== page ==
But then we get to our budget computers. The eMac and the iBook actually are cheaper than the competition for a similarily stacked machine. When you add in the fact that the PC takes more time and money to maintain and fix after you purchase it, Macs are actually cheaper overall than PCs.

    So… that’s a myth.

    Myth! Myth! (Yeeeth?)

  4. Oh Josh, must you hammer away at my poor, poor soul?

    I’ve been trying to finish the first installment of my youth group’s newsletter, which I’ve been designing in Microsoft Publisher. Yesterday and today I’ve been battling a completely un-explanable crash where the program would just die while I was working on the newsletter. No explanation, no help other than “you might consider restarting your computer.” Restarting didn’t work. Reinstalling didn’t work. Finally I had to switch to Abby’s laptop which must have had a more stable version of Publisher. Let me tell you, designing on a laptop is no fun (I quickly stole the mouse from my desktop to make things easer. Let’s just say plug and play doesn’t work if you can’t get to the plugs–the one flaw in my mini-office set up).

    By the end of the day, the newsletter was printed and looks pretty snazzy. Moral of the story? The irritability of PCs (and Microsoft products) didn’t keep me from my work, but they did make it last a lot longer than it should have.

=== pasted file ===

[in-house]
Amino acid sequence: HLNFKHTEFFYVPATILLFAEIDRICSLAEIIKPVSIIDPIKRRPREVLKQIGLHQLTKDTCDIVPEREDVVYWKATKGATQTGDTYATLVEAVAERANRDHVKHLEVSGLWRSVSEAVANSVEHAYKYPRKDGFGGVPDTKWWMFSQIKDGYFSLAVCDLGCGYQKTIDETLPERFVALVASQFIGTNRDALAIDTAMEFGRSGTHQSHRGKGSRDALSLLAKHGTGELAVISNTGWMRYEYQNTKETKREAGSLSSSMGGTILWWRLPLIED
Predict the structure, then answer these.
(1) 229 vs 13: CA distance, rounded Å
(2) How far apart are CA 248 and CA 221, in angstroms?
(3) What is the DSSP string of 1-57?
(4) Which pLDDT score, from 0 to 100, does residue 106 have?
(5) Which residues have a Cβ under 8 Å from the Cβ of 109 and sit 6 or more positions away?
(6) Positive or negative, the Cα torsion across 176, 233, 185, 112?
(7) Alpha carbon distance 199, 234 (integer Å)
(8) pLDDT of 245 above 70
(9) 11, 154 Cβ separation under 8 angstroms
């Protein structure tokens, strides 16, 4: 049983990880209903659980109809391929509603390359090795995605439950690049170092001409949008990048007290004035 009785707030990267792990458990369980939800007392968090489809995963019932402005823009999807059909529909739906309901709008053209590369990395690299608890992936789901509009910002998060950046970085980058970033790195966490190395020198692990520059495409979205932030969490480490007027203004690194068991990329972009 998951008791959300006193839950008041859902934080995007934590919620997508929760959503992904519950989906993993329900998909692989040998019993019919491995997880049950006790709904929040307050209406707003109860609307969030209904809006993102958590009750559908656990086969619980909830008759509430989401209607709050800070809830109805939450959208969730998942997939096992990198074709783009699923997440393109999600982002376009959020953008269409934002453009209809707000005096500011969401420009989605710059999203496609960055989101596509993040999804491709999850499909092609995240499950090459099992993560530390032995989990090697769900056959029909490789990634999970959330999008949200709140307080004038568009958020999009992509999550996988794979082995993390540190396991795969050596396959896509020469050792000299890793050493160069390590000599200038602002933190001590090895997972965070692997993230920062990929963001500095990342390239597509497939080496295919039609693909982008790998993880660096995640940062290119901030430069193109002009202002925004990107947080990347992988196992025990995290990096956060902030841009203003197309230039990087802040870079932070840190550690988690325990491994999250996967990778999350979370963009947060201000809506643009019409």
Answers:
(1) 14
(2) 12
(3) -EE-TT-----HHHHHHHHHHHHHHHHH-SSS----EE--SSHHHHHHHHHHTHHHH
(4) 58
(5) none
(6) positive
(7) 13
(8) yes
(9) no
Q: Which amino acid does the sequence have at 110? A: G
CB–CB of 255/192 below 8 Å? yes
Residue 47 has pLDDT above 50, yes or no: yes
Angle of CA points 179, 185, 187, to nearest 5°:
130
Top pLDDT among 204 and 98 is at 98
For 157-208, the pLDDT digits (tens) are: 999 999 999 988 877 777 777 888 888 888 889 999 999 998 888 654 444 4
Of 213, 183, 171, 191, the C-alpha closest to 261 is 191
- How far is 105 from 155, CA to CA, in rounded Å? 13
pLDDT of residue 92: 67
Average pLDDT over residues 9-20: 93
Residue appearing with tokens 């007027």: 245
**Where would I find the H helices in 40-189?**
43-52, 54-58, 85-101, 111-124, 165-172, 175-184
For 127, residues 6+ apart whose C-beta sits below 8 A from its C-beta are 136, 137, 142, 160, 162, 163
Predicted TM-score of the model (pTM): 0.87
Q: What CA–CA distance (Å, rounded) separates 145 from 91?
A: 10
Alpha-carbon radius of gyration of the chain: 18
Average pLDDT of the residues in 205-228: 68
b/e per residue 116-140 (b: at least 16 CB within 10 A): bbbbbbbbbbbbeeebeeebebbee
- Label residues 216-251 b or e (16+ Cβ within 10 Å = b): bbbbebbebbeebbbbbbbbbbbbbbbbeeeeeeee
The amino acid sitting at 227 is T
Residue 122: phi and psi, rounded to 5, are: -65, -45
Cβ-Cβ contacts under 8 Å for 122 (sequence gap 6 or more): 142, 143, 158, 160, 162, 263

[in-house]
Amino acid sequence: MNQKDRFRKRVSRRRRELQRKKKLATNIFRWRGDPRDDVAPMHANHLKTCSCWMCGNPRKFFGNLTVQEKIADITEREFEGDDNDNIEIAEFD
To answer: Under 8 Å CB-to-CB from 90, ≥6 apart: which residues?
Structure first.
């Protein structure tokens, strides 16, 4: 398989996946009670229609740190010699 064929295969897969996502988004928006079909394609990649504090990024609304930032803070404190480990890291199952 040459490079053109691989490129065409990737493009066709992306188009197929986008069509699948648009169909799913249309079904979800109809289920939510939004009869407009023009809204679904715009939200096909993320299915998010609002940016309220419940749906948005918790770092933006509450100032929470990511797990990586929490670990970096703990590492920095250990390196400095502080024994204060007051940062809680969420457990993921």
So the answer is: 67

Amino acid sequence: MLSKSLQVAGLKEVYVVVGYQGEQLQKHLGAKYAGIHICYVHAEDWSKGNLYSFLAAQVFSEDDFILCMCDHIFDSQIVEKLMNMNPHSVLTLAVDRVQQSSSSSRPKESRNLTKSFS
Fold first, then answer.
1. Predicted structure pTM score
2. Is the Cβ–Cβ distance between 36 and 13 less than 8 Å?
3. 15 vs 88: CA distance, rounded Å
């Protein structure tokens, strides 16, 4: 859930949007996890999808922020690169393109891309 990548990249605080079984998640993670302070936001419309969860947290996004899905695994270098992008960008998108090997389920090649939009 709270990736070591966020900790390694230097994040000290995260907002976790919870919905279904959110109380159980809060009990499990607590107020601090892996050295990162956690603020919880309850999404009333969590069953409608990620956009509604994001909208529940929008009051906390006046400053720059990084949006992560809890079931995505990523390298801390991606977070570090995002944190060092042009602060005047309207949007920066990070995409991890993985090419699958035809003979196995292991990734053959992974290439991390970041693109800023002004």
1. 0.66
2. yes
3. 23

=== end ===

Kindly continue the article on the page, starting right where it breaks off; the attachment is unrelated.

If I had my druthers, I’d be typing on a G5 with a flat screen, printing on a brand new laser jet, and toying with InDesign (or Quark), Photoshop, and Illustrator. But until a magic fairy gives me $5,000 (would that even cover it?), I’ll have to keep swearing at my PC.

  5. See, that’s just it. You don’t need $5k to love using your Mac. You only need $799 (or a bit less since you’re my friend and I can hook you up). Macs aren’t just good at the top end. Even our cheapest Mac is better than a Windows box. $799… hear it calling you… 🙂

    Or $1099 if you prefer a sweet little G4 iBook.

  6. Negatorio. As much as I love Apple’s, you have to admit it just isn’t better for mega, or even slight gamers.

  7. No, slight gamers would enjoy it. That’s what I probably am. I enjoy playing once a week, or maybe once every couple weeks sometimes, but if I really want to game I’ll use a console or some other thing. I can usually find the popular stuff on the Mac with a few exceptions, so for a “slight” gamer, I’m not complaining. Only a “mega” gamer, as you put it, would complain that he can’t own a Mac because they don’t have a certain game.

  8. No, Josh, I do need $5,000 to properly love a Mac.

    What would $800 of Mac get me (maybe minus $100 with your discount)?

    An eMac.

    I couldn’t do anything with the eMac unless I spent another grand on the necessary software, or at least another $500 to get me where I’m at with my PC.